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Interurban freight train length ...
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Warren_Thompson
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Posts: 403
Interurban freight train length ...
 
« on: Oct 23rd, 2008, 2:38pm »
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Both the C&LE and the Indiana Railroad commonly had freight trains of only two or three trailers plus motive power. The Eastern Michigan ran much longer trains (e.g., When Eastern Michigan Rode the Rails, Book 4, has a photo on p.120 showing what appears to be a train perhaps a dozen cars in length).
 
QUESTION: Why the disparity?


« Last Edit: Oct 23rd, 2008, 2:39pm by Warren_Thompson » Logged
Walt_C
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Posts: 2934
Re: Interurban freight train length ...
 
« Reply #1 on: Oct 24th, 2008, 7:58pm »
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I haven't read the Eastern Michgan book and don't know much about that property ( other than the fact that it hosted the Toledo-Detroit portion of C&LE's Cincinnati- Detroit Limited runs, which, for the short time they lasted, were the world's longest interurban runs), but the short length of most interurban freight trains was a product of the fact that they often had significant street running, and city and town fathers were not happy when even four car freight trains wound their way through city streets, particularly in the day time. ( Many Ohio municipalities had ordinances which limited freight train lengths. The typical restriction was a two car limitation during daylight hours, and longer, maybe even no limit on the length of trains at night).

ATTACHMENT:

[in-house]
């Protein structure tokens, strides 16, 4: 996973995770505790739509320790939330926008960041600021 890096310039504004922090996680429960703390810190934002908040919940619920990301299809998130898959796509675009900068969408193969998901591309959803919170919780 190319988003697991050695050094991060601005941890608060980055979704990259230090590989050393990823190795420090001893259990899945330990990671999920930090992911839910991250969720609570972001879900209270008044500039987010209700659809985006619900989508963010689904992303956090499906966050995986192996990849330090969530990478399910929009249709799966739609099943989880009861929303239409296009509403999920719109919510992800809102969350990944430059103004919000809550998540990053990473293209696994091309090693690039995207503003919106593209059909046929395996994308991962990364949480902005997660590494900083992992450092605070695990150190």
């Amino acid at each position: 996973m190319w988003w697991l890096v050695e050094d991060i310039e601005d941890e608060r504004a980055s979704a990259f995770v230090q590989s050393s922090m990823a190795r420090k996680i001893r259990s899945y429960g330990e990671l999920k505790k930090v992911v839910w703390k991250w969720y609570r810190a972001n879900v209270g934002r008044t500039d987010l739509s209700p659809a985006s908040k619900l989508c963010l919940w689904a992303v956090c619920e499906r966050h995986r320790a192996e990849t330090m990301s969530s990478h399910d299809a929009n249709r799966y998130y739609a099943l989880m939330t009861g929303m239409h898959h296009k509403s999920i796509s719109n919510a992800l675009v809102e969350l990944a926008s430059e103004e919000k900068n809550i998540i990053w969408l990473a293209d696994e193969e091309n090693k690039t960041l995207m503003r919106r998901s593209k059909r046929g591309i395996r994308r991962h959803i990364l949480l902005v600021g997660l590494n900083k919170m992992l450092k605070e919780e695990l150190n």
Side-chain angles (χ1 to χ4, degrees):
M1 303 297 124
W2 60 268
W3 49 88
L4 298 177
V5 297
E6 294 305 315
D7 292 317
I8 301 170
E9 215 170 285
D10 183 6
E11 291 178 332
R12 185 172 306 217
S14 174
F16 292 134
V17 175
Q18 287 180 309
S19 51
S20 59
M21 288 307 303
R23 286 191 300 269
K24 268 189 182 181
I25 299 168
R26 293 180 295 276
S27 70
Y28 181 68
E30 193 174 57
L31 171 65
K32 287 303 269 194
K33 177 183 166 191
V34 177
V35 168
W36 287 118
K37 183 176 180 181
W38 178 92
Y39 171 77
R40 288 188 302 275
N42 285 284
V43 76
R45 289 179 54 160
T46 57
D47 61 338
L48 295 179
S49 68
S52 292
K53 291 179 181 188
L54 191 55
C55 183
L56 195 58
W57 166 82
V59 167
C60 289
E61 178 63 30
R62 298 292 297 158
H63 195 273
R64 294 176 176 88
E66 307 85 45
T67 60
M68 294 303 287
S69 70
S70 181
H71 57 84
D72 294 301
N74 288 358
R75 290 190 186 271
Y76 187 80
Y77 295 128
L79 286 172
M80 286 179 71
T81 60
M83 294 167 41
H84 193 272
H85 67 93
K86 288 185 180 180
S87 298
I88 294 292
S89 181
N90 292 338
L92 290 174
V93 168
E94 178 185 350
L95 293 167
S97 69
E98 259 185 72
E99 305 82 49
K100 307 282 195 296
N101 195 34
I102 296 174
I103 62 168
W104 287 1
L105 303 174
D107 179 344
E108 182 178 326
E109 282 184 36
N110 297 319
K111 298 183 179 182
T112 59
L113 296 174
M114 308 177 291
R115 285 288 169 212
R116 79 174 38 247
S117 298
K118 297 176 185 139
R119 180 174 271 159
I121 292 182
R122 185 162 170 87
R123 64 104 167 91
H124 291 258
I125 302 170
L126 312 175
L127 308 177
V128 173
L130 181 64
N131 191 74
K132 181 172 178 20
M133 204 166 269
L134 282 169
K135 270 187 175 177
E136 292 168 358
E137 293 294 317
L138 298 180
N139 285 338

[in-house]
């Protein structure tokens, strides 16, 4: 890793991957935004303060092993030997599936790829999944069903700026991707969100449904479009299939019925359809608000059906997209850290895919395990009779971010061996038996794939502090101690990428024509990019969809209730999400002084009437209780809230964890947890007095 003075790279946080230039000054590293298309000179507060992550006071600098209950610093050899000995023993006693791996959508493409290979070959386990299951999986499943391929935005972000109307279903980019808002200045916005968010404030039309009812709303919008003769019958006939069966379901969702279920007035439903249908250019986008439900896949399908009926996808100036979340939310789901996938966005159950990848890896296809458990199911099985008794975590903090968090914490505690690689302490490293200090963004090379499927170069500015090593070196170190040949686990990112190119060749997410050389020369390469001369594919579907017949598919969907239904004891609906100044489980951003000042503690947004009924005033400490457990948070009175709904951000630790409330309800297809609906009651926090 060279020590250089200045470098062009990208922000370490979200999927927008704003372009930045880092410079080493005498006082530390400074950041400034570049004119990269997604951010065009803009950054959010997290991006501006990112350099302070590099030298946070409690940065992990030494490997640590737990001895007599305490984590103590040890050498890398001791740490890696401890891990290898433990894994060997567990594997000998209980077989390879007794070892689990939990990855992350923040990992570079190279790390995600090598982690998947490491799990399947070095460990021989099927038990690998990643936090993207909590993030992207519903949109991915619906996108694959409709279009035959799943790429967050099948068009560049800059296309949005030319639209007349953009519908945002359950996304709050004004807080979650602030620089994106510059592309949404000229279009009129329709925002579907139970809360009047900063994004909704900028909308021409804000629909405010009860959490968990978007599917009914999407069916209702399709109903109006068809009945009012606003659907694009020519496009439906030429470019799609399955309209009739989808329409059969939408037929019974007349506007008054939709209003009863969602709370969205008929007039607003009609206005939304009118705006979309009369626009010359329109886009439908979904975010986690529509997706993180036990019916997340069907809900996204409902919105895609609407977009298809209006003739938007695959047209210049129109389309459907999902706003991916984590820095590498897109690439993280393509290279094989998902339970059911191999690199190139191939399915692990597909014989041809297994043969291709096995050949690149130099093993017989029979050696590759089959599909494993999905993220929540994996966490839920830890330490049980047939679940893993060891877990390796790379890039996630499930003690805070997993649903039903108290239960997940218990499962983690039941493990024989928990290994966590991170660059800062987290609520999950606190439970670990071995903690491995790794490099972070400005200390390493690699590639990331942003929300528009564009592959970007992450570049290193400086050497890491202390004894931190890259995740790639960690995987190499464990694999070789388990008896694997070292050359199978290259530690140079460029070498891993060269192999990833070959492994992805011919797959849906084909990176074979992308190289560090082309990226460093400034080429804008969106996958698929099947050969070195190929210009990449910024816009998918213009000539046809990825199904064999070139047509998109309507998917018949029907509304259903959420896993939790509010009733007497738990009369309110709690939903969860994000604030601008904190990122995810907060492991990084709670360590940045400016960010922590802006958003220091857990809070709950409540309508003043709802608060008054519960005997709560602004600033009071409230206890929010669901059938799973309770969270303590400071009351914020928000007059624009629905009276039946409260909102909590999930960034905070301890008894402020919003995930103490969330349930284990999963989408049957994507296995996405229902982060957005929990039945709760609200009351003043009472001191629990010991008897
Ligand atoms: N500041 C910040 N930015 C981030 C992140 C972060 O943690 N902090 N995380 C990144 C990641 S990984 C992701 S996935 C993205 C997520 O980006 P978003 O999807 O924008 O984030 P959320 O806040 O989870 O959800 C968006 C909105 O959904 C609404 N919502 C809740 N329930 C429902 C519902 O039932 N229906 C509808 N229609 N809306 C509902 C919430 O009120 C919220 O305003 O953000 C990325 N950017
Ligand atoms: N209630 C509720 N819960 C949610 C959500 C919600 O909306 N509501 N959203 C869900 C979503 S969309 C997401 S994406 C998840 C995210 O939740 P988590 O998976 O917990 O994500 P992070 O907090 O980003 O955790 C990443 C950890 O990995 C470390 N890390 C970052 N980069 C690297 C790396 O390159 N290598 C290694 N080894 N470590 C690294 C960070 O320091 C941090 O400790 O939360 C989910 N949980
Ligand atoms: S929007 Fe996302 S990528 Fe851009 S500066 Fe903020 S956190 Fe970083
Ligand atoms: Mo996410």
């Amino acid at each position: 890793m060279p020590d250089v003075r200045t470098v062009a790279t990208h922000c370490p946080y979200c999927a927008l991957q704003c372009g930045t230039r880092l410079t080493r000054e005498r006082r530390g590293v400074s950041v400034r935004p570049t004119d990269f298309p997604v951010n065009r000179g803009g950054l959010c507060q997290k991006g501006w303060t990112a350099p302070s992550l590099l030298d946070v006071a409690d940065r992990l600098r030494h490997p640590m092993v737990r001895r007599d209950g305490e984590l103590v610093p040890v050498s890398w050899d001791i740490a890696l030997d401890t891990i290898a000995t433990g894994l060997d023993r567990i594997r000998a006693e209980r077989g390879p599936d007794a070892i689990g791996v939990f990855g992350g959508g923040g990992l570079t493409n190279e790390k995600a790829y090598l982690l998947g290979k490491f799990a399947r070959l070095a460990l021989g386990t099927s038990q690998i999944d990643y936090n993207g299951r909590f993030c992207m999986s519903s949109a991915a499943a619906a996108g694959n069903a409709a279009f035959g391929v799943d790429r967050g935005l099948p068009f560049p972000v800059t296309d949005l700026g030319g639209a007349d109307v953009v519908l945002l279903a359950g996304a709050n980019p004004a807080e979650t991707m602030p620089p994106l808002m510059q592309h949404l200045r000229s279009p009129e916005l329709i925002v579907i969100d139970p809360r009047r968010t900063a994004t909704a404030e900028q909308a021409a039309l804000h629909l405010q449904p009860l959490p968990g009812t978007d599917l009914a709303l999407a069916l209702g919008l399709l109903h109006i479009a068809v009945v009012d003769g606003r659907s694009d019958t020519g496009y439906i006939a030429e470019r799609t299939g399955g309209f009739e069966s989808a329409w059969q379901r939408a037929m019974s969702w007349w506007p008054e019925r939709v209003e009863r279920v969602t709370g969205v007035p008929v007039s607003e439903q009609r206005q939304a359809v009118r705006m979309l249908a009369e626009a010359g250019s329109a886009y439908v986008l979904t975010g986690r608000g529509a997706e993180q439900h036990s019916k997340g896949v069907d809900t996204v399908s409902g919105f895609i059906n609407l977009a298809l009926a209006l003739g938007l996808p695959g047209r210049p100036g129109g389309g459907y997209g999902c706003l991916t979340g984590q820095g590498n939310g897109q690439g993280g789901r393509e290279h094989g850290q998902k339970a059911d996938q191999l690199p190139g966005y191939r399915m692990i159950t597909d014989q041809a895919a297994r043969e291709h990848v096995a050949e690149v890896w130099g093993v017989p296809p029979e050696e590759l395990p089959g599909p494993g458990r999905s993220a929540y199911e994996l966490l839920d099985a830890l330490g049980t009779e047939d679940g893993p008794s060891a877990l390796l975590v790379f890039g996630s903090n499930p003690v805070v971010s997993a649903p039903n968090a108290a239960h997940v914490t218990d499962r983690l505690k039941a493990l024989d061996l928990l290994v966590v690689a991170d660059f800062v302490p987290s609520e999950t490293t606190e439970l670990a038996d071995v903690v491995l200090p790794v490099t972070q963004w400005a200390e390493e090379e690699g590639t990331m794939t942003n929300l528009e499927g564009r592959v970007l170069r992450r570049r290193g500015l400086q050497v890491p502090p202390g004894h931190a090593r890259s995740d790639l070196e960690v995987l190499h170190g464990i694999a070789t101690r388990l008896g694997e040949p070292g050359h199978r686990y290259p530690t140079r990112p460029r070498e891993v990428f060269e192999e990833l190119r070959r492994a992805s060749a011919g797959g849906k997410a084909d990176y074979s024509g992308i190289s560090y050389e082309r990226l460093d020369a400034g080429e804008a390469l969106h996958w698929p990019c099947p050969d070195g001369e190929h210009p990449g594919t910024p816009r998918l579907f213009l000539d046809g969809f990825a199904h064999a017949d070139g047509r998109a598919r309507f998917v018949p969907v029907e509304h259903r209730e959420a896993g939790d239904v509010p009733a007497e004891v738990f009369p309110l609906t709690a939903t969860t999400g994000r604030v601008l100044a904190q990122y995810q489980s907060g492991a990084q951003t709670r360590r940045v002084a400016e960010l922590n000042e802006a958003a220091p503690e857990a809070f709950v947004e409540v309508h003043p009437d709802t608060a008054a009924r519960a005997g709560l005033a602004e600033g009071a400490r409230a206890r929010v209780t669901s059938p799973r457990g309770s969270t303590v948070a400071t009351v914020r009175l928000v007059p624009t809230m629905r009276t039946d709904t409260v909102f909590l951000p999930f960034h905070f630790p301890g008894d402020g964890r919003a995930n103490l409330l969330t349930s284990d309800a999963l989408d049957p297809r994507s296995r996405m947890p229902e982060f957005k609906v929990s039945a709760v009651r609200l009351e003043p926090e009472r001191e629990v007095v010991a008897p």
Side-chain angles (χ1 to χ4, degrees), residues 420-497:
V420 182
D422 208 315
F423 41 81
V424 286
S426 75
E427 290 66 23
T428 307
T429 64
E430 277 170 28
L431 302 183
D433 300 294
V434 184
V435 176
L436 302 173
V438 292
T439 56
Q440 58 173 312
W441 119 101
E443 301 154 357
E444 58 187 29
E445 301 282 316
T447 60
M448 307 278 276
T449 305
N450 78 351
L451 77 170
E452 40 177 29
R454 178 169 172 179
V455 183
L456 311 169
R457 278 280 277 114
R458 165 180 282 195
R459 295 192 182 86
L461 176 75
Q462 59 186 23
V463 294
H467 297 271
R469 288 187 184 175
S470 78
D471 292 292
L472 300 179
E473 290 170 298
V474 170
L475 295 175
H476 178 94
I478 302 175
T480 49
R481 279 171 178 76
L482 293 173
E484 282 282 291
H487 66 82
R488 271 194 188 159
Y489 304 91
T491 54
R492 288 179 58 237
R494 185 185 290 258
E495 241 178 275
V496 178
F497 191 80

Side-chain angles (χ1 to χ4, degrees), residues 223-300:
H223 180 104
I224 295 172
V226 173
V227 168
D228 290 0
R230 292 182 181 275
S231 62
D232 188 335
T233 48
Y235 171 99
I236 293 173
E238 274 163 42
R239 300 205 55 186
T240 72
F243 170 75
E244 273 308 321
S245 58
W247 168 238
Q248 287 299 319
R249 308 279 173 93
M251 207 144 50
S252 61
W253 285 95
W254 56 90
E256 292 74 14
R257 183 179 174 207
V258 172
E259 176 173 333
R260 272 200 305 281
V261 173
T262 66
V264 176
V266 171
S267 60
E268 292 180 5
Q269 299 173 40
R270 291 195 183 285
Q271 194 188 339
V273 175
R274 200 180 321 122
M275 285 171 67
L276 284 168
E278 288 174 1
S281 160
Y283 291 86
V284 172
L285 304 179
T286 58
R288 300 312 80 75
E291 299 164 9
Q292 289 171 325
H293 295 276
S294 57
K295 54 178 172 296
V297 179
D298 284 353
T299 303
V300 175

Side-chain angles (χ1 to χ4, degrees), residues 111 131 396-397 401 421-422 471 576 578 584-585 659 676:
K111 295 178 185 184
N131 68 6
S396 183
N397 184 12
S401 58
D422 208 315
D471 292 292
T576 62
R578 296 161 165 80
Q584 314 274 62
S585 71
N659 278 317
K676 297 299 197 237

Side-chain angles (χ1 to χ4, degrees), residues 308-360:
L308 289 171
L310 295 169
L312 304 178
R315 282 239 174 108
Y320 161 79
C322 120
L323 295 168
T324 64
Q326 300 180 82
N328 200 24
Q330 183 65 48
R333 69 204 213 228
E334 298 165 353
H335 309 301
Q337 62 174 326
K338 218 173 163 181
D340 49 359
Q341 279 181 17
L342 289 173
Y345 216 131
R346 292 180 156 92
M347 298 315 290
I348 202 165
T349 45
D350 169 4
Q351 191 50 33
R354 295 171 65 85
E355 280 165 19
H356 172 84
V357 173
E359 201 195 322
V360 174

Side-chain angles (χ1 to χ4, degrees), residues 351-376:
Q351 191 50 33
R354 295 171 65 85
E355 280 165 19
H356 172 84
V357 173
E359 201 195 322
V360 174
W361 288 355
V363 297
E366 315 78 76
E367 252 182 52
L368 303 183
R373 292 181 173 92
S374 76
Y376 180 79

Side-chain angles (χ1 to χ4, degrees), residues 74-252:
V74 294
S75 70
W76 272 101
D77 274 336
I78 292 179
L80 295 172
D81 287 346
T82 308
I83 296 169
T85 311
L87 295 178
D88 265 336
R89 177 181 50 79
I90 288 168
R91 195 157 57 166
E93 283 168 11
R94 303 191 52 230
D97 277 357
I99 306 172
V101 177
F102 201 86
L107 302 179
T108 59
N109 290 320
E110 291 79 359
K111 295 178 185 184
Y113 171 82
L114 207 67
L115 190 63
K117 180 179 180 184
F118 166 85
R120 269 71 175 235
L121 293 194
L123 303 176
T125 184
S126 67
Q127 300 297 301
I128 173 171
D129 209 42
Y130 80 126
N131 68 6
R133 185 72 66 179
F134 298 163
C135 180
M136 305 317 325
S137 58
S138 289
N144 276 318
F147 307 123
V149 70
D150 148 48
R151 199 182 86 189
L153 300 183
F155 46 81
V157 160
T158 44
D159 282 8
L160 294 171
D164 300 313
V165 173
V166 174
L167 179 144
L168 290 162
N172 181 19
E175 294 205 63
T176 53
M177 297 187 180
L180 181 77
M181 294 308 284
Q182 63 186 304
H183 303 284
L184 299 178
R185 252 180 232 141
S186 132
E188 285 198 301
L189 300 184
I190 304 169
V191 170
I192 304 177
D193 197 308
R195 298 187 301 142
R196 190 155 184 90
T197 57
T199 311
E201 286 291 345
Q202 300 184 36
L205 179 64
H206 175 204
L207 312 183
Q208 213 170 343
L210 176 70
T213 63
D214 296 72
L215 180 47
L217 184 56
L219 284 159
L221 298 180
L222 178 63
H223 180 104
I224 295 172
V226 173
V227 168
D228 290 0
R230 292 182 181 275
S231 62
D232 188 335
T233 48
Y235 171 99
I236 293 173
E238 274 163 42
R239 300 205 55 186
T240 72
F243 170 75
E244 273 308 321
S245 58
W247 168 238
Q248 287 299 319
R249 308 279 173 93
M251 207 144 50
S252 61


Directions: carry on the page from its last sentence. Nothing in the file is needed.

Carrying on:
A second factor was power consumption. With most freight trains being powered by streetcar sized box motors, train lengths were often limited by the hauling capacity of the motors. Running trains that were too long meant that they would run slower, and potentially be unable to handle steep grades where these existed. Additionally, slow freight trains impeded passenger service ( sounds familiar in our Amtrak era). A third related factor was the fact that a major selling point for interurban freight over the service provided by the steam railroads was speed. C&LE, in conjunction with the Lake Shore Electric ran overnight Cleveland-Cincinnati freight trains whose selling point was the fact that a merchant in Cincinnati could place an order with a supplier in Cleveland and get next morning delivery. If the trains were too long, and ran too slowly as a result, the interurban would lose this competative edge.
   I don't know what factors permitted the EMT to run 12 car freight trains; maybe this property had less street running than the C&LE and IRR, but, according to Jack Keenan, few midwestern interurbans ran freight trains that were longer than eight cars.  C&LE did constant battle with the city fathers in Springfield over its running freight trains through that city for its entire 10 year existance.


« Last Edit: Oct 24th, 2008, 8:07pm by Walt_C » Logged

Please move to the rear and speed your ride-Regards, Walt
Warren_Thompson
Historian
Posts: 403
Re: Interurban freight train length ...
 
« Reply #2 on: Oct 27th, 2008, 10:56am »
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on Oct 24th, 2008, 7:58pm, Walt_C wrote:       (Click here for original message)
I haven't read the Eastern Michgan book and don't know much about that property ( other than the fact that it hosted the Toledo-Detroit portion of C&LE's Cincinnati- Detroit Limited runs, which, for the short time they lasted, were the world's longest interurban runs), but the short length of most interurban freight trains was a product of the fact that they often had significant street running, and city and town fathers were not happy when even four car freight trains wound their way through city streets, particularly in the day time. ( Many Ohio municipalities had ordinances which limited freight train lengths. The typical restriction was a two car limitation during daylight hours, and longer, maybe even no limit on the length of trains at night).